Manure standing in the paddock for months on end indicate that you soil life and nutrient cycling is somewhat out of order. This happens alot in compacted soils and you might want to look at increasing the diversity underfoot and measures to restore paddock health.
Hi Matto, yep the worst spot of it is in the riding arena which I also use as a grazing paddock. One day I find someone who is willing to come out and rip it for me. In my smaller paddocks I used a mattock to break up the compactions as much as possible and that worked a well (not so well for my back). The paddocks have come a long way in six years. I even found some worms in the paddock, but the riding arena is still... well ... crap.
S.O.P.... I own a chipper . It's only a little one but it does a great job.
I had Azolla growing on my dam in 2010... drove me nuts, it was sooooo thick and the chooks didn't eat it. The floods of 2011 washed it away .
Ill be up the Gold Coast soon purchasing a Keyline Plow. Message me, and we might come to an arrangement for me to travelup your way.
Tempting soooo tempting. I was even toying with the idea of getting one tyne of a Yeoman's plow, but I think my 15hp Kobota would be rebelling, so this is very tempting. I pm'ed you too.
I seriously doubt it would chip several year old Acacia wood.
Azolla indicates high nutrient levels in your dam, it may be back as nutrients flow back in. Shame, it makes a great mulch, I've heard of nurseries adding it to potting mix etc. Perhaps all your remedial work in the paddocks is slowing the flow too, which would be awesome for you.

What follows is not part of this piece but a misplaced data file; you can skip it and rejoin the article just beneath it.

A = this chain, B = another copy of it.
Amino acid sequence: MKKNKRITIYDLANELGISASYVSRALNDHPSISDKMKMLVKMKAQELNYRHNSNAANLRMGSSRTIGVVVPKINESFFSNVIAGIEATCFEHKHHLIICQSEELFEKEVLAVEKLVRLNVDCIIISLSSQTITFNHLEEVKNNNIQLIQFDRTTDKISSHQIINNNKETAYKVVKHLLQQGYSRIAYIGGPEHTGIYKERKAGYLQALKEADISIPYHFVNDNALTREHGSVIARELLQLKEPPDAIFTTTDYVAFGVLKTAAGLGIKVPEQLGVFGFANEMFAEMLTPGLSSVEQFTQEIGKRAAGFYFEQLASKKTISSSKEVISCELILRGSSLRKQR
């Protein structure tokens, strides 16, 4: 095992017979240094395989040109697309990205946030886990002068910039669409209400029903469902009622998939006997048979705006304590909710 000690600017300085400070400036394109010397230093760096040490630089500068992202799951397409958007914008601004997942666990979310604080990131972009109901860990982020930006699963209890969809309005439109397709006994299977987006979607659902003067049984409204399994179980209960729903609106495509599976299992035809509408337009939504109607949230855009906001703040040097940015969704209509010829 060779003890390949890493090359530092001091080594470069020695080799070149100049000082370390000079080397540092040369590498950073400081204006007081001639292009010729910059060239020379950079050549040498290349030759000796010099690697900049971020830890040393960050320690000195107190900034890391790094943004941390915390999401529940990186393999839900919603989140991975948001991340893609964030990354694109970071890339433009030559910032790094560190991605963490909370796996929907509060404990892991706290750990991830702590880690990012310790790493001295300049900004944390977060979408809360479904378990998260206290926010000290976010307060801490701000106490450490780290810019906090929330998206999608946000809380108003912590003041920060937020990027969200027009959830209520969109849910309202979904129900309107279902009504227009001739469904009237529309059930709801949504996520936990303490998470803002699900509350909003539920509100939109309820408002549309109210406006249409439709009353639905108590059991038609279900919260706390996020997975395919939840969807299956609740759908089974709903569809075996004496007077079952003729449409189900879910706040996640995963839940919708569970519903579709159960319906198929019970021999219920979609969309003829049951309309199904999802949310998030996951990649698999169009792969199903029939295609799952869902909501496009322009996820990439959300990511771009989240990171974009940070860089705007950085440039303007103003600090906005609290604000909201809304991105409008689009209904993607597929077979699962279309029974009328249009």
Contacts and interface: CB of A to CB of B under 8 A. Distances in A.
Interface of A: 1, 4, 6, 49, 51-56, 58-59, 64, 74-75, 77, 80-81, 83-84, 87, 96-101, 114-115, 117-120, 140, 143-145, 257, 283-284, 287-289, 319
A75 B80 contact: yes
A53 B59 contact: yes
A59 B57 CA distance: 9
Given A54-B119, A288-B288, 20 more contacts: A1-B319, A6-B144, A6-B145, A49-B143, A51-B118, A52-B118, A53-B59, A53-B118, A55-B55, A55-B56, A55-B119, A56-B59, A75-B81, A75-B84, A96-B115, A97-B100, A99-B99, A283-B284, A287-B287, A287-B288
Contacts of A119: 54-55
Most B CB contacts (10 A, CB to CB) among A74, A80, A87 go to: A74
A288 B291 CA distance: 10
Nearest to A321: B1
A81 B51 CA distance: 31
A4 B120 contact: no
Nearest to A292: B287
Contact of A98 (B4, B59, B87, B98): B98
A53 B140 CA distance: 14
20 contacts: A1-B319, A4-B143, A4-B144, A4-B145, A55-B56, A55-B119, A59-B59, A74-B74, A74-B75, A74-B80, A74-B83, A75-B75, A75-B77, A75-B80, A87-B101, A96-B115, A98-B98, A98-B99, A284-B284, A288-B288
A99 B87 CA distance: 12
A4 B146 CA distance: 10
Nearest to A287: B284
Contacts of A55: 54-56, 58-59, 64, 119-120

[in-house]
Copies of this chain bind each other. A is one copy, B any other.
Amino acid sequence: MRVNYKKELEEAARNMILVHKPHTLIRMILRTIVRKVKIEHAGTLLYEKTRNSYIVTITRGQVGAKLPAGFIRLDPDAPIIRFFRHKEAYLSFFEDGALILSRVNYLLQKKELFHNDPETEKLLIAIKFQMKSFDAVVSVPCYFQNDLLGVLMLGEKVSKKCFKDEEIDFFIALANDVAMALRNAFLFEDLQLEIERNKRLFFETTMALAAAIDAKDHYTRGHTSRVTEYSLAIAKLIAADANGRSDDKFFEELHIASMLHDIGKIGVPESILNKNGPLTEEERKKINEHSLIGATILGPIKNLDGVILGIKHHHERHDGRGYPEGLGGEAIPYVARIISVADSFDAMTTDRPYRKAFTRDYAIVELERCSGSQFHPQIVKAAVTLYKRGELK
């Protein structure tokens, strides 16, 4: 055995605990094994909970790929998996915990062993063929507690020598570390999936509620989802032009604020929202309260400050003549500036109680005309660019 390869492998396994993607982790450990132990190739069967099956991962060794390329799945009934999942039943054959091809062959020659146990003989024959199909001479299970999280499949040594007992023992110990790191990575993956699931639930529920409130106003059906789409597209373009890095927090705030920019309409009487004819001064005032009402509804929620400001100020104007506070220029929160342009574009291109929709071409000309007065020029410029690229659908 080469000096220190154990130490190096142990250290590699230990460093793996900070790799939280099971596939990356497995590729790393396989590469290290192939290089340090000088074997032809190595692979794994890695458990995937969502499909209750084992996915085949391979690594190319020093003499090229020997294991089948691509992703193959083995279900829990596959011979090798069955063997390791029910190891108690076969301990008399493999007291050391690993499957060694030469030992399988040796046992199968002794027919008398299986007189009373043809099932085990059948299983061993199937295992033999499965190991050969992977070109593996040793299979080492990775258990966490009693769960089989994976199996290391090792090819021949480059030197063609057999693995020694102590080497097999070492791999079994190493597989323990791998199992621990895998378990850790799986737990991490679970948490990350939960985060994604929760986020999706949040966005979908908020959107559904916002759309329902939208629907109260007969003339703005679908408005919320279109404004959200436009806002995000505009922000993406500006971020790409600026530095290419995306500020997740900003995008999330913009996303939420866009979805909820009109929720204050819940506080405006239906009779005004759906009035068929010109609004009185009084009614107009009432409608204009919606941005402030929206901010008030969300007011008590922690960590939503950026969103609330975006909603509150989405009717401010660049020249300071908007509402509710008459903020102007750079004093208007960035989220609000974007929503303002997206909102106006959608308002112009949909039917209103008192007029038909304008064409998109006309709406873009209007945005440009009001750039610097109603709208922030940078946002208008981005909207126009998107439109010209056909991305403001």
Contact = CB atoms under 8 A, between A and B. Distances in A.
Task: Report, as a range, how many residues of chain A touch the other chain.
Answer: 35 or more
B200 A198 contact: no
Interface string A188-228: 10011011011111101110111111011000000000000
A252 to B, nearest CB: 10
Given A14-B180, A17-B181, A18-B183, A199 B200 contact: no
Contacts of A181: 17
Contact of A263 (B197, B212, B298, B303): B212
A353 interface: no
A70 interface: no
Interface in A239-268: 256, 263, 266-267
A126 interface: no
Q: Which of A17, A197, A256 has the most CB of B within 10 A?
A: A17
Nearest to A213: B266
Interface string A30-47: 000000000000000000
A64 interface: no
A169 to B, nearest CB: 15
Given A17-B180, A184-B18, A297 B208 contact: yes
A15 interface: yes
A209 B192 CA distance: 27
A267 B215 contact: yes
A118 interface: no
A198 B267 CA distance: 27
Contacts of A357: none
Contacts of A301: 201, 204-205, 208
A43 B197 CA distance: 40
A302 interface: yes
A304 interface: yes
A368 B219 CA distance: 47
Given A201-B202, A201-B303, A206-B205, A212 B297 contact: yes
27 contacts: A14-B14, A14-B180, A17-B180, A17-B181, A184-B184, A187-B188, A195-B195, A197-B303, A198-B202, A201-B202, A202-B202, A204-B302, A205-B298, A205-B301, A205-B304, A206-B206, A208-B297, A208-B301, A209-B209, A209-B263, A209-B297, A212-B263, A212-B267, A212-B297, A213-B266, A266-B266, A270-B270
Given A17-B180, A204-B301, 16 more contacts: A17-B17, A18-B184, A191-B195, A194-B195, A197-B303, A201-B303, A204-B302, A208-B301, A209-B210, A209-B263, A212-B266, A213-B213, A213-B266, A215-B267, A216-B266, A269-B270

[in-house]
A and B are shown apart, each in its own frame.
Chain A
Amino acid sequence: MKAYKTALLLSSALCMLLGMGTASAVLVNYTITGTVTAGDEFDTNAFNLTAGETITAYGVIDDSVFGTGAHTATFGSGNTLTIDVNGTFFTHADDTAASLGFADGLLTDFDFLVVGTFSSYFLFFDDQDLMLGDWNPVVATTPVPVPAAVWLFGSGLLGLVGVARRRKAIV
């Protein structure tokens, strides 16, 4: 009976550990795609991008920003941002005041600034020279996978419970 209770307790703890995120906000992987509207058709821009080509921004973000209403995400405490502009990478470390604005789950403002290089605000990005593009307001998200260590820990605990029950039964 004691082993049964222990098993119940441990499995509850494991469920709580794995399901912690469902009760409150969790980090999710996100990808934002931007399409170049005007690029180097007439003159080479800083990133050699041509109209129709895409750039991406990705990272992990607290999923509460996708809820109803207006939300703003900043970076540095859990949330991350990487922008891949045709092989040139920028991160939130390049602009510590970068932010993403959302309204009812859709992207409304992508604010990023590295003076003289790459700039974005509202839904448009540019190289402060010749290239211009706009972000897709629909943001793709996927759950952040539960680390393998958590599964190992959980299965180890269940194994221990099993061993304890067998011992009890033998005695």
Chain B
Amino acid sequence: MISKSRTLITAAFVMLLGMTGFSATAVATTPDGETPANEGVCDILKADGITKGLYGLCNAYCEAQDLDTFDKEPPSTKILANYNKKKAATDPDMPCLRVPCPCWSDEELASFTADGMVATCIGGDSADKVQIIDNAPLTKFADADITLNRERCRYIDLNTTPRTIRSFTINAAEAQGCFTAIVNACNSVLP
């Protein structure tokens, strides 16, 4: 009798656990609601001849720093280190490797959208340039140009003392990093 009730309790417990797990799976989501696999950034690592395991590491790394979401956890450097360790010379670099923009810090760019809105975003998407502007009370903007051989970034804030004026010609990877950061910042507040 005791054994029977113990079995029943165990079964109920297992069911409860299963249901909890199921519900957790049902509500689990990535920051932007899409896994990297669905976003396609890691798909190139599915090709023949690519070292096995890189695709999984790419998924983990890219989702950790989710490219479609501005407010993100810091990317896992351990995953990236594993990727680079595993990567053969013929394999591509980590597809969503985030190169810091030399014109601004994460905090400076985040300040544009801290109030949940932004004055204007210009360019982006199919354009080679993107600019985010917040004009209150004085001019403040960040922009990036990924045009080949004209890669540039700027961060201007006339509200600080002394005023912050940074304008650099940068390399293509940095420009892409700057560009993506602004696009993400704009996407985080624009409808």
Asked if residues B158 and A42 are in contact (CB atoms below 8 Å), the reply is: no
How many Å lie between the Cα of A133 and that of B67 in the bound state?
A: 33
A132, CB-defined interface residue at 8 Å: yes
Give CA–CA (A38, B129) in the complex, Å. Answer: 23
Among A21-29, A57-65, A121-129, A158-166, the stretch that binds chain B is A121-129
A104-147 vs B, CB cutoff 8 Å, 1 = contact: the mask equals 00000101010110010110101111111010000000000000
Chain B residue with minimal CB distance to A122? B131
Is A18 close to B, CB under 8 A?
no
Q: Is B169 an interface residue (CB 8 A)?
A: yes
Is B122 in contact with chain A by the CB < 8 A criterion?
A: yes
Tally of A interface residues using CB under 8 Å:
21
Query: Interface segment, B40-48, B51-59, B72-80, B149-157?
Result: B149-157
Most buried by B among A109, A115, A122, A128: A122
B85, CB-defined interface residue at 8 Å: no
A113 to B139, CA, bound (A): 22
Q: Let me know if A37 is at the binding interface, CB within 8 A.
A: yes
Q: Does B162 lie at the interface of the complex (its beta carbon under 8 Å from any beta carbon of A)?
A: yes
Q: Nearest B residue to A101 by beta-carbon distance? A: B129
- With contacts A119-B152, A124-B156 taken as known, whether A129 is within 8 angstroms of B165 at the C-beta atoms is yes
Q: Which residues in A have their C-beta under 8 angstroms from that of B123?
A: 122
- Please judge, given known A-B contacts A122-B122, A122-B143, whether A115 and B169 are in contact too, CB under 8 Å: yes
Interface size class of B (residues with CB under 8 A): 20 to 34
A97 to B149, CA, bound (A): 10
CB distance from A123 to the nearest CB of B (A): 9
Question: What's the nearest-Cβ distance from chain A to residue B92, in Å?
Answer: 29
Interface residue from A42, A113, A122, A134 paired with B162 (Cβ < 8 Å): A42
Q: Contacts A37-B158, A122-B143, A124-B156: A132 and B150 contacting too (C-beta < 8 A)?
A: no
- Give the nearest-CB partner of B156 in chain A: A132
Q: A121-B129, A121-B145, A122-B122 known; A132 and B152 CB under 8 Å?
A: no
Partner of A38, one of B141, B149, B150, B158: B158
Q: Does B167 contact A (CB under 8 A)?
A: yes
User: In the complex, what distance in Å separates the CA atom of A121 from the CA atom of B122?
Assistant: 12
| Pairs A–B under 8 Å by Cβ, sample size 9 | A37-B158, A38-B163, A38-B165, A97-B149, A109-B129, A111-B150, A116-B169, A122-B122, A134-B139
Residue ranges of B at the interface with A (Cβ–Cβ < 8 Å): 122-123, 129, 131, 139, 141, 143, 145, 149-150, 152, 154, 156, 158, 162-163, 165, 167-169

How much for a Keyline Plow, matto? Just interested...
The 6ft single beam Keyline Plow with 3 x 22" shanks and depth wheels is $5882 +GST
Re Azolla... I know where there is as dam with it so might just go and get a bucket full.
We've got a Greenfields Piecemaker 45. Do you think it'll be able to chip it? We've got a Black Wattle we want to cut down.
Well, without seeing it, it's hard to tell. I assume you mean Blackwood? A.mearnsii is Black, A.melanoxylon is Blackwood.
Your chipper has a diameter measurement, splitting branches to reach that distance may not be easy. Therefore, only chip what will fit.
Thanks matto. Seems like a decent price for something that would add value. Why do most members have trouble finding a Keyline plow to hire for their broadacre?
Now you have me totally confused. The farmers call these wattles 'Black Wattles' but they do look nothing like either of the above mentioned. The one they call a 'Black Wattle' here is a weed, it's flowers not little balls but long. I was told it's not an Australian native.
Well anyways... let's get this back on topic... making Biochar. I am going to source some materials to build a TLUD as suggested, and will let you know how it all went. Hubby is on board and actually is excited. He told me this morning that a few months ago he was listening to the American guy talking about biochar and what id does for the soil and the environment. Apparently he was visiting somewhere on the Sunshine coast. It will be nice having hubby help me with this little project when time comes. As said before... besides horse poo... we are also blessed with lots of stick.
No, let's not change the topic. Long yellow flowers? A. disparrima?
LOL... yes that is the shape of the flowers except they are bright yellow. The leaves of the tree we have here are more round. I do have one of those ones with the light coloured flowers as well. Might go out tomorrow and take a couple of photos to help identify them.
Or maybe it is the same... just read that the spikes can be light yellow to lemon yellow.